What’s coming down the pipeline for Grinshpan? “I love what I’m doing right now, getting to take part in a lot of really creative projects,” she says. She feels so fortunate that she gets to be a part of Top Chef Canada every year, and that is something she hopes will continue. She enjoyed the creative process of putting her book together, so hopefully another one is in her future. But that’s not all. “There are so many different projects in my head, and I’m slowly working my way toward them, hoping they’ll happen eventually.”
Editor’s note: We have no doubt.
Charred Whole Eggplant with Crushed Tomatoes, Basil and Mint
Almost every restaurant in Israel has a version of this whole-roasted eggplant, so it only made sense to have my own. Serving eggplants whole, stem and all, makes for such a special dish because people can see the vegetable in its beautiful original (or original-ish) form. It’s also the perfect blank canvas for a variety of flavours and textures. Sometimes I’m in the mood for a drizzle of pomegranate molasses and yogurt, while other times I add crushed ripe tomato for its bright acidity, balanced with nutty tahini and earthy za’atar. You’re going to want a whole loaf of bread or challah for this one.
3 medium eggplants
1 medium tomato
½ teaspoon kosher salt
1 tablespoon za’atar, store bought or homemade
1½ tablespoons extra-virgin olive oil, plus more for serving
½ cup Garlicky Tahini
1 tablespoon Red Zhug
⅓ cup fresh basil leaves
⅓ cup fresh mint leaves
Flaky sea salt
Thick slices of sourdough, challah or pita, for serving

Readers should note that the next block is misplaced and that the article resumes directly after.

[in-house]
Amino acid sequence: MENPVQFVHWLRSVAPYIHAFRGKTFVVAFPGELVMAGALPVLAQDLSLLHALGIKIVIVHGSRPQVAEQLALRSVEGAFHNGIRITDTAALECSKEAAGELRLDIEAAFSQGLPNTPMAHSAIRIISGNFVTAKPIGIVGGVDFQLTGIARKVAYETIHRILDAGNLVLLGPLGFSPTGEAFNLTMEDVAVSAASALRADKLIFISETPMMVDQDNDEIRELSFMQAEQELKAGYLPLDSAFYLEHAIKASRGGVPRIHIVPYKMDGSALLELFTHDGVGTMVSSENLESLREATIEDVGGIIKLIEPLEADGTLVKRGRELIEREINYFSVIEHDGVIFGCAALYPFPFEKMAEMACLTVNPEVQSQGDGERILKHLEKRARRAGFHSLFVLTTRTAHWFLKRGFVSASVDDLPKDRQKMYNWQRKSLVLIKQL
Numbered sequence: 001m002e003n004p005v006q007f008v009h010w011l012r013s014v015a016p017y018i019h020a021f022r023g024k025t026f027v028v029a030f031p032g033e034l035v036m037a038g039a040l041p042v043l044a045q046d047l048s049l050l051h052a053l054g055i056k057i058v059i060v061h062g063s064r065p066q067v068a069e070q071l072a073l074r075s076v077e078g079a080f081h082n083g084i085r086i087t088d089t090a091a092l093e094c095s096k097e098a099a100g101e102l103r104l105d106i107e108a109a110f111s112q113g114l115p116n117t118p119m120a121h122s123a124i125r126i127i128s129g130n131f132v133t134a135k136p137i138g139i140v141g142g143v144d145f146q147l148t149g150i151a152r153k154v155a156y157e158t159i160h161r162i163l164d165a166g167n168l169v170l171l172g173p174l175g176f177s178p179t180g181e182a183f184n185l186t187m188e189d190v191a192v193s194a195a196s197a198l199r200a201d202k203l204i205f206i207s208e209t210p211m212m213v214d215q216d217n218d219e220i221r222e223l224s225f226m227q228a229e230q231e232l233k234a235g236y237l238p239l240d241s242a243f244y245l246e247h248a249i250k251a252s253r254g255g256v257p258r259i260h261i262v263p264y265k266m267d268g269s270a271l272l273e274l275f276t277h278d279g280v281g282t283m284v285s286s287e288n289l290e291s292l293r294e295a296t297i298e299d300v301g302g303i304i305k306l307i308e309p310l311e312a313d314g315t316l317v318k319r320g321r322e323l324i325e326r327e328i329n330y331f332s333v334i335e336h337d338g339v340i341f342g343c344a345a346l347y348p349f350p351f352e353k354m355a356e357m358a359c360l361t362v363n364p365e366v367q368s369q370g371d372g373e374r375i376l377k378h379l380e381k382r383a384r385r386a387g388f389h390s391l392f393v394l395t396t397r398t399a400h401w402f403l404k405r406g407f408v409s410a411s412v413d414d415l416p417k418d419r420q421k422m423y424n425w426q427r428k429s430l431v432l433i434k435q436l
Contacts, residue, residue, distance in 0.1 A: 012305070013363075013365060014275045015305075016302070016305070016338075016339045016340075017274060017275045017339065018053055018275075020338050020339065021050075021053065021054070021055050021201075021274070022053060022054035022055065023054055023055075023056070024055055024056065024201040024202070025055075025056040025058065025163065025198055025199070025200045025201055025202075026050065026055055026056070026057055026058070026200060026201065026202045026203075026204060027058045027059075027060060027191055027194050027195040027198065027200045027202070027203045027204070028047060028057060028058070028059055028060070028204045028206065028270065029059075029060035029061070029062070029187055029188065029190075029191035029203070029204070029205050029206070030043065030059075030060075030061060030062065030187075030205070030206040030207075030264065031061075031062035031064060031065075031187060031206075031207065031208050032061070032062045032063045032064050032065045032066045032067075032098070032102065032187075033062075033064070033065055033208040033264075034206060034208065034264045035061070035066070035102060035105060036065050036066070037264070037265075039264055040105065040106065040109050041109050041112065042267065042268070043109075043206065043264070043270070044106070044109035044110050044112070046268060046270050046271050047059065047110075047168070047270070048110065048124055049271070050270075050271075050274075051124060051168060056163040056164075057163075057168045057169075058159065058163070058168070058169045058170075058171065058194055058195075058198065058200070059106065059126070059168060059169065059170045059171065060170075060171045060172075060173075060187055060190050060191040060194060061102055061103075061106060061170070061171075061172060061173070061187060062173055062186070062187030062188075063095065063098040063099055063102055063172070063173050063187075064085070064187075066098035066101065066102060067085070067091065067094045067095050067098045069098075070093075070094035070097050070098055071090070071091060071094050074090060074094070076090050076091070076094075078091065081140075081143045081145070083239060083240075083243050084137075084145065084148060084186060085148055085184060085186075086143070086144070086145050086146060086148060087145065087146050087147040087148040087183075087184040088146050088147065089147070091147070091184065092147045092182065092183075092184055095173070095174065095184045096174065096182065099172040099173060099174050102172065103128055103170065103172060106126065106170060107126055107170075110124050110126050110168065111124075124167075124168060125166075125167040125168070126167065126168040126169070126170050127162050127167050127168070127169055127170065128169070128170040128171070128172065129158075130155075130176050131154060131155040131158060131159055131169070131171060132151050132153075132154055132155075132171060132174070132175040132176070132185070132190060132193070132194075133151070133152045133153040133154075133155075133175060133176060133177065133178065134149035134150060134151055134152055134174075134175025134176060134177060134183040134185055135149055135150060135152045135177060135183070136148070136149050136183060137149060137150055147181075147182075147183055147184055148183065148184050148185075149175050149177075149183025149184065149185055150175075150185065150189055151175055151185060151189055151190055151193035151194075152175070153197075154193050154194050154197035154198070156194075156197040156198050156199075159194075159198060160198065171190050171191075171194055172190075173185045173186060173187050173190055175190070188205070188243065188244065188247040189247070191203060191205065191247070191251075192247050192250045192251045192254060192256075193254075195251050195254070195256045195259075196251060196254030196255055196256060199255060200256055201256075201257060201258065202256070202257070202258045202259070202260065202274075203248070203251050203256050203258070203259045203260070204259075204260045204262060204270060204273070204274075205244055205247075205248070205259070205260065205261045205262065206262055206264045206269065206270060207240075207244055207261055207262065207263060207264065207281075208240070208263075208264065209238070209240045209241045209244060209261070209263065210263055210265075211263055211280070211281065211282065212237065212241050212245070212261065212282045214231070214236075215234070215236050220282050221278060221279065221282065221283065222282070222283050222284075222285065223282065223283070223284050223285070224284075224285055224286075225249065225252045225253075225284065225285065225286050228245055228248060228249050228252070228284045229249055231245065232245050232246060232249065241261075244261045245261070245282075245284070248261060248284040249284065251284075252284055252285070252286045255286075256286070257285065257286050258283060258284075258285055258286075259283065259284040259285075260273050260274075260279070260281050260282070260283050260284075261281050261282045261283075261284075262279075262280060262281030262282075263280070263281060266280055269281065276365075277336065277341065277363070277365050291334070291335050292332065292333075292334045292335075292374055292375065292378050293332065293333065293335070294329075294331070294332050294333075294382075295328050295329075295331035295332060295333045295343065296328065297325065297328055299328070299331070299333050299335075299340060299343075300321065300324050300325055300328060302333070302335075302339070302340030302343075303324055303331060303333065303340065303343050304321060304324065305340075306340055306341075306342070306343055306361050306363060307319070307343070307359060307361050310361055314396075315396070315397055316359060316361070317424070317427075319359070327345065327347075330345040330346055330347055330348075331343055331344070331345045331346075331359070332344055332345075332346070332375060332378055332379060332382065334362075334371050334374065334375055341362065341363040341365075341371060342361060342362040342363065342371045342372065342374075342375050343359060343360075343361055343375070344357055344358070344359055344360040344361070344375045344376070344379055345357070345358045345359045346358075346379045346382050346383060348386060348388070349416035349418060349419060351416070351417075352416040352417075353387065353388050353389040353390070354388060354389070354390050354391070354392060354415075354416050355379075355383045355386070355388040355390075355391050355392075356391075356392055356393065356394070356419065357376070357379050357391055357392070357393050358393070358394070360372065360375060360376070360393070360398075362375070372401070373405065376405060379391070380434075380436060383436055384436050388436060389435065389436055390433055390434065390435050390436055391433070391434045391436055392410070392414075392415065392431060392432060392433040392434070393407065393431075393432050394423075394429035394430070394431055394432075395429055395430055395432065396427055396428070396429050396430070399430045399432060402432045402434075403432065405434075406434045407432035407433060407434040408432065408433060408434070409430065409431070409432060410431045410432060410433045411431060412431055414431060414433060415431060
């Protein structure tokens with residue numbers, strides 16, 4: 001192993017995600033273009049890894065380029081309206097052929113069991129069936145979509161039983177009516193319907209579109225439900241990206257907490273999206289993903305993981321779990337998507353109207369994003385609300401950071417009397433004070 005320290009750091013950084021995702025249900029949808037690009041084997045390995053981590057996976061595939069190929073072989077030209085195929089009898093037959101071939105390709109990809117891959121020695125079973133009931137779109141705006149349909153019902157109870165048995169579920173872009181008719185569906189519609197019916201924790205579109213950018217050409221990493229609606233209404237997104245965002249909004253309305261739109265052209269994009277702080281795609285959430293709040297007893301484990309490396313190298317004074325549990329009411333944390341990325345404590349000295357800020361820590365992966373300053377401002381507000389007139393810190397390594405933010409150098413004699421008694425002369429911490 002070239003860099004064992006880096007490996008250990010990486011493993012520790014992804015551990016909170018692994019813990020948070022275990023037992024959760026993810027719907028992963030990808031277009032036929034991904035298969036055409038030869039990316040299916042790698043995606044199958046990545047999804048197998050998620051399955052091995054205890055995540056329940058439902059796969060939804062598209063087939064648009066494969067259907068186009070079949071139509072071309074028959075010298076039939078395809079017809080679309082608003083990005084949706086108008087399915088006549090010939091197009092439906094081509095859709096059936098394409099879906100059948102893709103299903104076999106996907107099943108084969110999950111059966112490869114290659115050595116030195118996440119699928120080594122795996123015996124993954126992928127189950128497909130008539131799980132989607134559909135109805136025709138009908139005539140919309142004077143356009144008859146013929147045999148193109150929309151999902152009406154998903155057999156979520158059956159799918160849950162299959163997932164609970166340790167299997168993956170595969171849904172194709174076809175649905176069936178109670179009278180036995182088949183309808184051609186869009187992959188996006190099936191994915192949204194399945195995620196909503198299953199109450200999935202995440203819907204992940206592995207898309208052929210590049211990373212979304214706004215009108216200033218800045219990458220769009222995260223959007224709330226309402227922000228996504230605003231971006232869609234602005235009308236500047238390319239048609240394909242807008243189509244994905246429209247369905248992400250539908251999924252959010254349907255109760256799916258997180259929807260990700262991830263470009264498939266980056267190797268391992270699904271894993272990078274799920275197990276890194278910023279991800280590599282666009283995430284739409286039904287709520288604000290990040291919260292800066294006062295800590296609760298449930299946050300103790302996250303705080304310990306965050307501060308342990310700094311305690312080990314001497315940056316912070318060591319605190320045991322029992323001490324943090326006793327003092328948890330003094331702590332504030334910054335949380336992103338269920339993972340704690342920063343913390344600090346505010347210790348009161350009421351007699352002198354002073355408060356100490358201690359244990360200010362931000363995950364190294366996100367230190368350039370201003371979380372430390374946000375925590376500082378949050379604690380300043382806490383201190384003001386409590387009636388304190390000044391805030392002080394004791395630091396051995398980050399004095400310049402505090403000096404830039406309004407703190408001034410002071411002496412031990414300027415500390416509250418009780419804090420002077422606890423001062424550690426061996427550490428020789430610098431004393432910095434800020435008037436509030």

1. With the tip of your knife, pierce each eggplant in two places — it doesn’t need to be perfect or in the same place every time; this is just so the eggplant doesn’t explode on you.
2. Pick a cooking method for the eggplant: grill, broiler, or stovetop burners. The bottom line is that you want this eggplant to be almost unrecognizably charred. It’s going to deflate and the skin will get white in some places, but that just means the fire is working its magic on that eggplant.
OPTION 1: Grill Preheat the grill until hot. Add the eggplants and let the fire do its thing, making sure to keep turning the eggplants so they char all over. You want them to get black and maybe even white in some places, 20 to 30 minutes total.
OPTION 2: Broil Preheat the broiler. Put the eggplants in a broiler-proof roasting pan and place the pan as close to the heating element as possible. (You may have to adjust your oven rack to accommodate the depth of the pan and eggplants.) Broil until they are evenly charred all over, 35 to 40 minutes, checking and turning the eggplants periodically. You want the eggplants to keep their shape but get really charred and wilted.
OPTION 3: Stovetop Gas Burners Line your stovetop around your burners with foil. Working with one at a time, place the eggplant over a medium flame and let it char, making sure to turn it every 5 minutes. Continue cooking until it is deflated and black all over, about 15 minutes.
3. Transfer the cooked eggplants to a colander in the sink and let the juices run. (The juices can make the dish taste bitter.) Once they’re cool enough to handle, and being careful to maintain the original shape, remove all of the eggplant skin except for the stem. (Feel free to reserve the skin to make Charred Tahini) Set aside on a large platter.
4. In a blender or food processor, blend together the tomato with the kosher salt. Set aside.
5. In a small bowl, mix together the za’atar and olive oil. Set aside.
6. Gently press on the eggplant flesh with a fork to spread it out. Drizzle the eggplants with the garlicky tahini and spoon over the pureed tomato. Drizzle with the za’atar oil and some red zhug (if using). Garnish with the basil and mint and finish with a drizzle of olive oil and a sprinkle of sea salt. Serve warm with fresh bread.
Excerpted from Eating Out Loud: Bold Middle Eastern Flavors for All Day, Every Day by Eden Grinshpan with Rachel Holtzman. Copyright © 2020 Eden Grinshpan and Rachel Holtzman. Photographs © 2020 Aubrie Pick. Published by Penguin Canada, a division of Penguin Random House Canada Limited. Reproduced by arrangement with the publisher. All rights reserved.